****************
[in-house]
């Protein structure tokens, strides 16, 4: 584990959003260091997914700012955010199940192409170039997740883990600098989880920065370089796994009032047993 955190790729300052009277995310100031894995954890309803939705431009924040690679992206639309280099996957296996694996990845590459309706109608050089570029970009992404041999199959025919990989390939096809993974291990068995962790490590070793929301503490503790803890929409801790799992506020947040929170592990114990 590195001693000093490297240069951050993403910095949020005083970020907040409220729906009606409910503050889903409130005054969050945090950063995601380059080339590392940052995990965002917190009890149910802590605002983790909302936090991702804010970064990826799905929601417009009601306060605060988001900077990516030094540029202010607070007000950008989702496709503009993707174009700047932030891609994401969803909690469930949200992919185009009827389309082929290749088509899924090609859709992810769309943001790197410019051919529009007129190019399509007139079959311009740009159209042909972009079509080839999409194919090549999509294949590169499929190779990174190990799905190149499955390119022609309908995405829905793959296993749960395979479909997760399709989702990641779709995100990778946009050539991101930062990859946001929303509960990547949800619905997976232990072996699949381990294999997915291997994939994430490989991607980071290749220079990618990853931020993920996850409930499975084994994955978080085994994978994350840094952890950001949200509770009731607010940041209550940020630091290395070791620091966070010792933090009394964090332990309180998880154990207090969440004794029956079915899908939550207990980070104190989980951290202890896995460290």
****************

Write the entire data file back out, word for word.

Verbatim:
[in-house]
């Protein structure tokens, strides 16, 4: 584990959003260091997914700012955010199940192409170039997740883990600098989880920065370089796994009032047993 955190790729300052009277995310100031894995954890309803939705431009924040690679992206639309280099996957296996694996990845590459309706109608050089570029970009992404041999199959025919990989390939096809993974291990068995962790490590070793929301503490503790803890929409801790799992506020947040929170592990114990 590195001693000093490297240069951050993403910095949020005083970020907040409220729906009606409910503050889903409130005054969050945090950063995601380059080339590392940052995990965002917190009890149910802590605002983790909302936090991702804010970064990826799905929601417009009601306060605060988001900077990516030094540029202010607070007000950008989702496709503009993707174009700047932030891609994401969803909690469930949200992919185009009827389309082929290749088509899924090609859709992810769309943001790197410019051919529009007129190019399509007139079959311009740009159209042909972009079509080839999409194919090549999509294949590169499929190779990174190990799905190149499955390119022609309908995405829905793959296993749960395979479909997760399709989702990641779709995100990778946009050539991101930062990859946001929303509960990547949800619905997976232990072996699949381990294999997915291997994939994430490989991607980071290749220079990618990853931020993920996850409930499975084994994955978080085994994978994350840094952890950001949200509770009731607010940041209550940020630091290395070791620091966070010792933090009394964090332990309180998880154990207090969440004794029956079915899908939550207990980070104190989980951290202890896995460290």